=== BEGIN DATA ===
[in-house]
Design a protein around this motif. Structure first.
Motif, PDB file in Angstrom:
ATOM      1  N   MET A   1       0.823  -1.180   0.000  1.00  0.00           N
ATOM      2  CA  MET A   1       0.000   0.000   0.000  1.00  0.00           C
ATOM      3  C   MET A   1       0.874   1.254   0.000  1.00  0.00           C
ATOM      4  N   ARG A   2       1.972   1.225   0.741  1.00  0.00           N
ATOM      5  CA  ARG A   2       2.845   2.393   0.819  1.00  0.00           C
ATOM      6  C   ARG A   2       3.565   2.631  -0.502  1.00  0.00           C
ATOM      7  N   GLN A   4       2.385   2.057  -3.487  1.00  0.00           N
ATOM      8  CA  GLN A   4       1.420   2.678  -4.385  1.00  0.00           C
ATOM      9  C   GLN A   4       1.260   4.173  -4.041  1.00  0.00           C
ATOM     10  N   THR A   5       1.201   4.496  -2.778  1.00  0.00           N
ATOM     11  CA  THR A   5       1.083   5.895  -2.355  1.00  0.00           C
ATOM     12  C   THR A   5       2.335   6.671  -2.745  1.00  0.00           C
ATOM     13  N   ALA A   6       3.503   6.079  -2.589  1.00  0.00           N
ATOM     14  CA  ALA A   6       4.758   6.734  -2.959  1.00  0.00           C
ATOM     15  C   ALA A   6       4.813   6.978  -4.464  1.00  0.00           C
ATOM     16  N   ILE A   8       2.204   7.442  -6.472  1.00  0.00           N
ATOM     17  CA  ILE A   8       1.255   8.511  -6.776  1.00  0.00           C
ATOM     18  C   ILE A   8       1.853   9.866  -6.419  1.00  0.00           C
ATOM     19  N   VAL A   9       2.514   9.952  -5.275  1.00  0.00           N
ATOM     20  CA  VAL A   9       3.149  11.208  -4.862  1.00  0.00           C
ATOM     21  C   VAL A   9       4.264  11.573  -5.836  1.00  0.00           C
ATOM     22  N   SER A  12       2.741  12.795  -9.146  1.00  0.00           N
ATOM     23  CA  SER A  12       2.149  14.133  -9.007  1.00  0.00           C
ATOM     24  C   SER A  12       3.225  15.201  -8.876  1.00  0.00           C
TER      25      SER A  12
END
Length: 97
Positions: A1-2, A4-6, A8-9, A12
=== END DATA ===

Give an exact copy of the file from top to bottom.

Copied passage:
[in-house]
Design a protein around this motif. Structure first.
Motif, PDB file in Angstrom:
ATOM      1  N   MET A   1       0.823  -1.180   0.000  1.00  0.00           N
ATOM      2  CA  MET A   1       0.000   0.000   0.000  1.00  0.00           C
ATOM      3  C   MET A   1       0.874   1.254   0.000  1.00  0.00           C
ATOM      4  N   ARG A   2       1.972   1.225   0.741  1.00  0.00           N
ATOM      5  CA  ARG A   2       2.845   2.393   0.819  1.00  0.00           C
ATOM      6  C   ARG A   2       3.565   2.631  -0.502  1.00  0.00           C
ATOM      7  N   GLN A   4       2.385   2.057  -3.487  1.00  0.00           N
ATOM      8  CA  GLN A   4       1.420   2.678  -4.385  1.00  0.00           C
ATOM      9  C   GLN A   4       1.260   4.173  -4.041  1.00  0.00           C
ATOM     10  N   THR A   5       1.201   4.496  -2.778  1.00  0.00           N
ATOM     11  CA  THR A   5       1.083   5.895  -2.355  1.00  0.00           C
ATOM     12  C   THR A   5       2.335   6.671  -2.745  1.00  0.00           C
ATOM     13  N   ALA A   6       3.503   6.079  -2.589  1.00  0.00           N
ATOM     14  CA  ALA A   6       4.758   6.734  -2.959  1.00  0.00           C
ATOM     15  C   ALA A   6       4.813   6.978  -4.464  1.00  0.00           C
ATOM     16  N   ILE A   8       2.204   7.442  -6.472  1.00  0.00           N
ATOM     17  CA  ILE A   8       1.255   8.511  -6.776  1.00  0.00           C
ATOM     18  C   ILE A   8       1.853   9.866  -6.419  1.00  0.00           C
ATOM     19  N   VAL A   9       2.514   9.952  -5.275  1.00  0.00           N
ATOM     20  CA  VAL A   9       3.149  11.208  -4.862  1.00  0.00           C
ATOM     21  C   VAL A   9       4.264  11.573  -5.836  1.00  0.00           C
ATOM     22  N   SER A  12       2.741  12.795  -9.146  1.00  0.00           N
ATOM     23  CA  SER A  12       2.149  14.133  -9.007  1.00  0.00           C
ATOM     24  C   SER A  12       3.225  15.201  -8.876  1.00  0.00           C
TER      25      SER A  12
END
Length: 97
Positions: A1-2, A4-6, A8-9, A12